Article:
Vitamin E is a fat soluble vitamin that helps to maintain the body’s defenses against cellular damage and disease through its action as an antioxidant. The currently recommended level of vitamin E in dog food is 20 IU per kilogram. This provides optimal vitamin E nutrition for the majority of dogs. However, there is evidence for increased needs for vitamin E in canine athletes during periods of prolonged strenuous exercise. As working muscles rapidly break down (oxidize) nutrients for energy, they also rapidly utilize vitamin E. Providing a food with increased vitamin E or adding a dietary supplement can help to minimize the oxidative tissue damage associated with endurance exercise and prevent vitamin E depletion in hard working dogs. Most high quality commercial foods that are formulated for performance include additional vitamin E to meet the needs of canine athletes. Alternatively, if supplementation is used, the form of vitamin E is important. Products containing alpha-tocopherol, alpha-tocopherol acetate, or alpha-tocopherol succinate are the most effective forms of vitamin E and should be selected.
Potential health risks associated with Vitamin E supplementation: Because vitamin E is absorbed into the body by the same route as the other fat soluble vitamins (A, D and K), excessive supplementation may interfere with the absorption of these nutrients. For example, there is evidence that excessively high levels of vitamin E intake can contribute to bleeding disorders that are associated with vitamin K deficiency. The source of vitamin E should also be considered. Some supplements contain other fat-soluble vitamins, such as Vitamin A. Feeding this type of supplement to dogs on a long term basis could lead to vitamin A toxicity and should be avoided.
Omega-3 Fatty Acid Supplementation
Although the omega-3 fatty acids are not classified as essential nutrients, they have important immune and anti-inflammatory functions that contribute to a dog’s health and vitality. Research studies have shown that increasing the amount of omega-3 fatty acids in the diet modulates the immune response and is helpful in managing certain types of inflammatory disorders. One particular omega-3 fatty acid, Docosahexaenoic acid (DHA), is also important for development of the nervous system and vision. Increasing omega-3 fatty acid intake is usually accomplished by feeding a therapeutic diet containing higher levels of these nutrients or adding an omega-3 fatty acid supplement to the dog’s normal maintenance diet.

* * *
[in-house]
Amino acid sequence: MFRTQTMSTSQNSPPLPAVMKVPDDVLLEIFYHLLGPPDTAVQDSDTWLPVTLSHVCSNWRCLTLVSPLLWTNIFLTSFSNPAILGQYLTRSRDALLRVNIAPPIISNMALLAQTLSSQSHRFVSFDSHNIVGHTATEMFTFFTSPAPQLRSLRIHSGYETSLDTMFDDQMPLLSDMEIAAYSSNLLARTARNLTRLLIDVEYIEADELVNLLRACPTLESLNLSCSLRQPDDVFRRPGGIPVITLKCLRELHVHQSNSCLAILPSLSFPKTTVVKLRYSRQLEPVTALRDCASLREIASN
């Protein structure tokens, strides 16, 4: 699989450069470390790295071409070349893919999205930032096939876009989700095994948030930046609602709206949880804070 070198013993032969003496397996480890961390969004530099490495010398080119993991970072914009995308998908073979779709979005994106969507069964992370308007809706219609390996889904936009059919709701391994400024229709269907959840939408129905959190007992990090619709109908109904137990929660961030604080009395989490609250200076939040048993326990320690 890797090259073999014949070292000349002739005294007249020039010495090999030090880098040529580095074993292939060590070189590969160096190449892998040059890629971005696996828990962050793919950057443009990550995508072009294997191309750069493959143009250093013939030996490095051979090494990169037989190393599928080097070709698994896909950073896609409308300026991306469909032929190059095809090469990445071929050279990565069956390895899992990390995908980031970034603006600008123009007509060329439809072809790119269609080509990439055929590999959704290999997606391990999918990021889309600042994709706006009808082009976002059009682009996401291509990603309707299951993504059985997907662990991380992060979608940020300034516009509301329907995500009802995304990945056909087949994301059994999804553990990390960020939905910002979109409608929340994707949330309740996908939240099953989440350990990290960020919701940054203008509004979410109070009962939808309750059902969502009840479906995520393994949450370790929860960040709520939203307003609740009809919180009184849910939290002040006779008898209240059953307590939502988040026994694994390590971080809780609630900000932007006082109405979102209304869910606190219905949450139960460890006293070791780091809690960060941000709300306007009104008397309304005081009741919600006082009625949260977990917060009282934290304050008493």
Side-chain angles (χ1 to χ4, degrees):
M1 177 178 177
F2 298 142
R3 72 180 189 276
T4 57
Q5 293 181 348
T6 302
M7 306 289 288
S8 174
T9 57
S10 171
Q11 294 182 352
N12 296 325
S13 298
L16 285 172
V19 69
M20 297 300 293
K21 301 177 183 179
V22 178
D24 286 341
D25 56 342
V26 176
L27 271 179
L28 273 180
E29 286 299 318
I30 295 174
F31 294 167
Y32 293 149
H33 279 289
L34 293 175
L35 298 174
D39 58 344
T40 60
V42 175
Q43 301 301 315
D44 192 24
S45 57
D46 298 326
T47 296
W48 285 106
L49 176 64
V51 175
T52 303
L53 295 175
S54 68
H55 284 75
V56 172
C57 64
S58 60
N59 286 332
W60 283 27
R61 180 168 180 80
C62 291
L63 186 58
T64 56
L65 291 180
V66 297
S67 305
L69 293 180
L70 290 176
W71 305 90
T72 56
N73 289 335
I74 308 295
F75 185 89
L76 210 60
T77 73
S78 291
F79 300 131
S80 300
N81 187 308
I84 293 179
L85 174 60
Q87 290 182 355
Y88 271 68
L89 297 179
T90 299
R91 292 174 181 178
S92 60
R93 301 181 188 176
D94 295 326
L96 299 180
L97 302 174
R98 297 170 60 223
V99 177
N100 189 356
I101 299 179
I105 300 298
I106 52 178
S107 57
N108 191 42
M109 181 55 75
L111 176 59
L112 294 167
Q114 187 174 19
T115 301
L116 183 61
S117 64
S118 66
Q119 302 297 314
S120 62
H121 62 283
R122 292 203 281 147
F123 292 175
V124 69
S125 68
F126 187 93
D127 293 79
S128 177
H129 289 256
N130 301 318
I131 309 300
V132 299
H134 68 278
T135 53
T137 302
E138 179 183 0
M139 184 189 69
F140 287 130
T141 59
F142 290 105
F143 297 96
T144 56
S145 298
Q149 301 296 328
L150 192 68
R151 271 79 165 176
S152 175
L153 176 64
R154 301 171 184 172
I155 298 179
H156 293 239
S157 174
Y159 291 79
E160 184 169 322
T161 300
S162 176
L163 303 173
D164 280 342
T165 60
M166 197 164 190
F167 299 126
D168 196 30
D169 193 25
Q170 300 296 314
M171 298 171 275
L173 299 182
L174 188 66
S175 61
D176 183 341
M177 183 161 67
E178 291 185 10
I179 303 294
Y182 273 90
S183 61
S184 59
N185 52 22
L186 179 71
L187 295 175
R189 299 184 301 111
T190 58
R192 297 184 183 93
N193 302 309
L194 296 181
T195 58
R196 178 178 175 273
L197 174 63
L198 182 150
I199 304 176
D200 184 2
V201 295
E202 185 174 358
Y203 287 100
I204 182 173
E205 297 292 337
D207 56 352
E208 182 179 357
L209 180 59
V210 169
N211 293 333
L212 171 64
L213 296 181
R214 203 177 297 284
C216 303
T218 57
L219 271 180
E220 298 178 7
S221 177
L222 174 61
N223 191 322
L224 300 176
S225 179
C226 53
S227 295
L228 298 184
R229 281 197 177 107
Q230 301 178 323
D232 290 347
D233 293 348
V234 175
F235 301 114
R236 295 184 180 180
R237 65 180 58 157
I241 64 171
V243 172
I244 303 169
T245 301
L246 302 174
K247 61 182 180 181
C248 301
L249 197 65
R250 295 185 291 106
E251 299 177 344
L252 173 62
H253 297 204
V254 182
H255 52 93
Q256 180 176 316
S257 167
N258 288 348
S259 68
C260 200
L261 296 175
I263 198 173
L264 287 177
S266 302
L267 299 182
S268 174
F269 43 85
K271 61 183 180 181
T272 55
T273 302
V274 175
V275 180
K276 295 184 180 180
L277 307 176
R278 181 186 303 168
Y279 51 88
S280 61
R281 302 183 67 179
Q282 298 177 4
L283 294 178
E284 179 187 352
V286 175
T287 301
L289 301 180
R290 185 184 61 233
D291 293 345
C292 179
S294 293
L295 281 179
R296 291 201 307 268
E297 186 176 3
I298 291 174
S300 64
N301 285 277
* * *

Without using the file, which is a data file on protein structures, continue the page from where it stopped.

Potential health risks associated with omega-3 fatty acid supplementation: Although the omega-3 fatty acids have a very wide safety margin, providing too high a concentration should be avoided. An excessively high intake may contribute to alterations in immune function, modified blood clotting response, and increased susceptibility to disease. If your dog has been diagnosed with an inflammatory disease that may respond to omega-3 fatty acid supplementation, follow your veterinarian’s recommendations regarding the use of an appropriate therapeutic diet or providing a safe level of supplementation.
A Few Cautionary Tips
• Nutritional supplements should never be used in place of a nutri¬tionally complete and balanced diet. Attempting to improve a poor quality dog food through supplementation can cause nutrient deficiencies and imbalances.
• Although supplements may be beneficial in certain situations, they should never replace veterinary care and a complete diagnosis for suspected disease states. If your dog shows signs of illness, seek veterinary care.
• Just as with human foods and supplements, it is important to read labels! If you are using a supplement, select a product that contains the nutrient in highly available forms and does not include unnecessary (or unwanted) nutrients. Avoid “economical” brands as these often contain nutrients that are less available or may be contaminated with other components.